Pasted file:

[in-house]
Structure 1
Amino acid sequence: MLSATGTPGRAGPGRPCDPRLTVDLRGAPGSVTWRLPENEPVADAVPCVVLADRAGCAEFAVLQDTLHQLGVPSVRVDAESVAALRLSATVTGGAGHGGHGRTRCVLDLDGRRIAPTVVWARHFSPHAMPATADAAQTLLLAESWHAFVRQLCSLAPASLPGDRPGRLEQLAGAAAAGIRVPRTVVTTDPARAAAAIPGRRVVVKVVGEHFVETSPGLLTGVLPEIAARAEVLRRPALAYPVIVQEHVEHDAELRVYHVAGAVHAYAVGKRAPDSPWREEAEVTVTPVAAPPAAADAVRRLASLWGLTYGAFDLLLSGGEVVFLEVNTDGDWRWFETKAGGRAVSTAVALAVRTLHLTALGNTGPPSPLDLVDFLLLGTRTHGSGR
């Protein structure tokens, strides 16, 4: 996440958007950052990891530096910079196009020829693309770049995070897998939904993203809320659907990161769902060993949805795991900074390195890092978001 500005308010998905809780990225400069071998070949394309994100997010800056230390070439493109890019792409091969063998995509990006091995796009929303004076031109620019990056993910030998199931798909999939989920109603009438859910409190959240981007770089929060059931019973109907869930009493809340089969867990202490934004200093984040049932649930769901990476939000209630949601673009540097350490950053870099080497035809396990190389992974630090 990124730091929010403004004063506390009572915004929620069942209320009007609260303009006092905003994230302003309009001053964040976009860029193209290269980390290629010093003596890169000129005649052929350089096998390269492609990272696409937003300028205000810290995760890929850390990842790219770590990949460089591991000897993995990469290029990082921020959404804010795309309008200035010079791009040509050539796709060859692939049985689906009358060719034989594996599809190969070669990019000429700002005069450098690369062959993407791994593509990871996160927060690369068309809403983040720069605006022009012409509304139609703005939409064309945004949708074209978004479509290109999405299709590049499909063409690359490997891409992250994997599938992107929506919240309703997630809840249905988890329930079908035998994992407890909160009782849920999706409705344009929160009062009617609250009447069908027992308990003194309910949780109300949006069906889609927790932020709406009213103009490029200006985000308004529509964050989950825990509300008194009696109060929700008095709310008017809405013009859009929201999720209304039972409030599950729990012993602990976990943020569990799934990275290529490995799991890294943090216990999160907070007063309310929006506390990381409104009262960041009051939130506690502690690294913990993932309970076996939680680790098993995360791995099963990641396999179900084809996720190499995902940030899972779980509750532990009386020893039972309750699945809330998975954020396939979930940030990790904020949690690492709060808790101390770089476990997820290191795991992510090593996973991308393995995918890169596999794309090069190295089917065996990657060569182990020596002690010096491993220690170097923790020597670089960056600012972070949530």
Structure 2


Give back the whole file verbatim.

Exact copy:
[in-house]
Structure 1
Amino acid sequence: MLSATGTPGRAGPGRPCDPRLTVDLRGAPGSVTWRLPENEPVADAVPCVVLADRAGCAEFAVLQDTLHQLGVPSVRVDAESVAALRLSATVTGGAGHGGHGRTRCVLDLDGRRIAPTVVWARHFSPHAMPATADAAQTLLLAESWHAFVRQLCSLAPASLPGDRPGRLEQLAGAAAAGIRVPRTVVTTDPARAAAAIPGRRVVVKVVGEHFVETSPGLLTGVLPEIAARAEVLRRPALAYPVIVQEHVEHDAELRVYHVAGAVHAYAVGKRAPDSPWREEAEVTVTPVAAPPAAADAVRRLASLWGLTYGAFDLLLSGGEVVFLEVNTDGDWRWFETKAGGRAVSTAVALAVRTLHLTALGNTGPPSPLDLVDFLLLGTRTHGSGR
């Protein structure tokens, strides 16, 4: 996440958007950052990891530096910079196009020829693309770049995070897998939904993203809320659907990161769902060993949805795991900074390195890092978001 500005308010998905809780990225400069071998070949394309994100997010800056230390070439493109890019792409091969063998995509990006091995796009929303004076031109620019990056993910030998199931798909999939989920109603009438859910409190959240981007770089929060059931019973109907869930009493809340089969867990202490934004200093984040049932649930769901990476939000209630949601673009540097350490950053870099080497035809396990190389992974630090 990124730091929010403004004063506390009572915004929620069942209320009007609260303009006092905003994230302003309009001053964040976009860029193209290269980390290629010093003596890169000129005649052929350089096998390269492609990272696409937003300028205000810290995760890929850390990842790219770590990949460089591991000897993995990469290029990082921020959404804010795309309008200035010079791009040509050539796709060859692939049985689906009358060719034989594996599809190969070669990019000429700002005069450098690369062959993407791994593509990871996160927060690369068309809403983040720069605006022009012409509304139609703005939409064309945004949708074209978004479509290109999405299709590049499909063409690359490997891409992250994997599938992107929506919240309703997630809840249905988890329930079908035998994992407890909160009782849920999706409705344009929160009062009617609250009447069908027992308990003194309910949780109300949006069906889609927790932020709406009213103009490029200006985000308004529509964050989950825990509300008194009696109060929700008095709310008017809405013009859009929201999720209304039972409030599950729990012993602990976990943020569990799934990275290529490995799991890294943090216990999160907070007063309310929006506390990381409104009262960041009051939130506690502690690294913990993932309970076996939680680790098993995360791995099963990641396999179900084809996720190499995902940030899972779980509750532990009386020893039972309750699945809330998975954020396939979930940030990790904020949690690492709060808790101390770089476990997820290191795991992510090593996973991308393995995918890169596999794309090069190295089917065996990657060569182990020596002690010096491993220690170097923790020597670089960056600012972070949530």
Structure 2